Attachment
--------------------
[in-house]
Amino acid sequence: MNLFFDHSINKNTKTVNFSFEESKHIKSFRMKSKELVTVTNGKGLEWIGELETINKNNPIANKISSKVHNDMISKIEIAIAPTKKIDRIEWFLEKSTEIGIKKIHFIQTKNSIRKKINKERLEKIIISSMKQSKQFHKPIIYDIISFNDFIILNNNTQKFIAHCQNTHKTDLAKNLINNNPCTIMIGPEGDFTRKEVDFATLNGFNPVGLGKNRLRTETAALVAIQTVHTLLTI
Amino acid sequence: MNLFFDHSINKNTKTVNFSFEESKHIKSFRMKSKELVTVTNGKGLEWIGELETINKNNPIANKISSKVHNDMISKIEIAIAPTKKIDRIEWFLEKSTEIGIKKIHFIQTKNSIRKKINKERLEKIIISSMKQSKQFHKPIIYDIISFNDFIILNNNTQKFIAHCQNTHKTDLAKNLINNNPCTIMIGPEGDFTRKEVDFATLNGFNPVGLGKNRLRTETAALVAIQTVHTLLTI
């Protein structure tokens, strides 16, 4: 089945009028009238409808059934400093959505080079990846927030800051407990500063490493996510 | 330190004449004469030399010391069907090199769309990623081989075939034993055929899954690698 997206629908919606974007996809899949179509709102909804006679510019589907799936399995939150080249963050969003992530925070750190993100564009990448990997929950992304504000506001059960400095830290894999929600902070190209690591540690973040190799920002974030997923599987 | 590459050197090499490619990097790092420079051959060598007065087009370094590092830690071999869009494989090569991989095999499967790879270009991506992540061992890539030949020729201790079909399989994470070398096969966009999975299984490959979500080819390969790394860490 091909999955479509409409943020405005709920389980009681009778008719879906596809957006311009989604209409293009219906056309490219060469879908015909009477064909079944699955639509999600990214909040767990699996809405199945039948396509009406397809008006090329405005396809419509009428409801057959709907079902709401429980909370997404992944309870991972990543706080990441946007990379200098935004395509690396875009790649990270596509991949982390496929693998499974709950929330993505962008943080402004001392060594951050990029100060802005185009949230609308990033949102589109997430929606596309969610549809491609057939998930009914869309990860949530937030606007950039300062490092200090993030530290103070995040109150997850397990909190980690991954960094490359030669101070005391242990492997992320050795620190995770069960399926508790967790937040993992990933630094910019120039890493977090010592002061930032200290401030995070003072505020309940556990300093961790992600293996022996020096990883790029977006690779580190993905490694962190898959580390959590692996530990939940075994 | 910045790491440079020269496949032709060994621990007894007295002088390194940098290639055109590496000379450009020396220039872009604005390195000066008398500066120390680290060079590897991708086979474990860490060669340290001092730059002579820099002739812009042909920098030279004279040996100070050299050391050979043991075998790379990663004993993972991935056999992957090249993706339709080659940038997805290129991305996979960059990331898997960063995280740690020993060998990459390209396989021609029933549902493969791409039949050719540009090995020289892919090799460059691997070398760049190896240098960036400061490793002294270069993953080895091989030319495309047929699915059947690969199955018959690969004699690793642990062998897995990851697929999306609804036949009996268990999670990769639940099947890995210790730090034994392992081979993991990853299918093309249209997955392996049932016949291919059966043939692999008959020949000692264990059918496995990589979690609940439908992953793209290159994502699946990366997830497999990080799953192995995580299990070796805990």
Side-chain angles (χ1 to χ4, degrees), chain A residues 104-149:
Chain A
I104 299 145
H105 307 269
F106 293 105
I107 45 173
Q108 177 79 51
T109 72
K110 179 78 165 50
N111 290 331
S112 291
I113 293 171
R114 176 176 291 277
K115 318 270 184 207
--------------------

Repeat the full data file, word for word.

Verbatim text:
[in-house]
Amino acid sequence: MNLFFDHSINKNTKTVNFSFEESKHIKSFRMKSKELVTVTNGKGLEWIGELETINKNNPIANKISSKVHNDMISKIEIAIAPTKKIDRIEWFLEKSTEIGIKKIHFIQTKNSIRKKINKERLEKIIISSMKQSKQFHKPIIYDIISFNDFIILNNNTQKFIAHCQNTHKTDLAKNLINNNPCTIMIGPEGDFTRKEVDFATLNGFNPVGLGKNRLRTETAALVAIQTVHTLLTI
Amino acid sequence: MNLFFDHSINKNTKTVNFSFEESKHIKSFRMKSKELVTVTNGKGLEWIGELETINKNNPIANKISSKVHNDMISKIEIAIAPTKKIDRIEWFLEKSTEIGIKKIHFIQTKNSIRKKINKERLEKIIISSMKQSKQFHKPIIYDIISFNDFIILNNNTQKFIAHCQNTHKTDLAKNLINNNPCTIMIGPEGDFTRKEVDFATLNGFNPVGLGKNRLRTETAALVAIQTVHTLLTI
């Protein structure tokens, strides 16, 4: 089945009028009238409808059934400093959505080079990846927030800051407990500063490493996510 | 330190004449004469030399010391069907090199769309990623081989075939034993055929899954690698 997206629908919606974007996809899949179509709102909804006679510019589907799936399995939150080249963050969003992530925070750190993100564009990448990997929950992304504000506001059960400095830290894999929600902070190209690591540690973040190799920002974030997923599987 | 590459050197090499490619990097790092420079051959060598007065087009370094590092830690071999869009494989090569991989095999499967790879270009991506992540061992890539030949020729201790079909399989994470070398096969966009999975299984490959979500080819390969790394860490 091909999955479509409409943020405005709920389980009681009778008719879906596809957006311009989604209409293009219906056309490219060469879908015909009477064909079944699955639509999600990214909040767990699996809405199945039948396509009406397809008006090329405005396809419509009428409801057959709907079902709401429980909370997404992944309870991972990543706080990441946007990379200098935004395509690396875009790649990270596509991949982390496929693998499974709950929330993505962008943080402004001392060594951050990029100060802005185009949230609308990033949102589109997430929606596309969610549809491609057939998930009914869309990860949530937030606007950039300062490092200090993030530290103070995040109150997850397990909190980690991954960094490359030669101070005391242990492997992320050795620190995770069960399926508790967790937040993992990933630094910019120039890493977090010592002061930032200290401030995070003072505020309940556990300093961790992600293996022996020096990883790029977006690779580190993905490694962190898959580390959590692996530990939940075994 | 910045790491440079020269496949032709060994621990007894007295002088390194940098290639055109590496000379450009020396220039872009604005390195000066008398500066120390680290060079590897991708086979474990860490060669340290001092730059002579820099002739812009042909920098030279004279040996100070050299050391050979043991075998790379990663004993993972991935056999992957090249993706339709080659940038997805290129991305996979960059990331898997960063995280740690020993060998990459390209396989021609029933549902493969791409039949050719540009090995020289892919090799460059691997070398760049190896240098960036400061490793002294270069993953080895091989030319495309047929699915059947690969199955018959690969004699690793642990062998897995990851697929999306609804036949009996268990999670990769639940099947890995210790730090034994392992081979993991990853299918093309249209997955392996049932016949291919059966043939692999008959020949000692264990059918496995990589979690609940439908992953793209290159994502699946990366997830497999990080799953192995995580299990070796805990």
Side-chain angles (χ1 to χ4, degrees), chain A residues 104-149:
Chain A
I104 299 145
H105 307 269
F106 293 105
I107 45 173
Q108 177 79 51
T109 72
K110 179 78 165 50
N111 290 331
S112 291
I113 293 171
R114 176 176 291 277
K115 318 270 184 207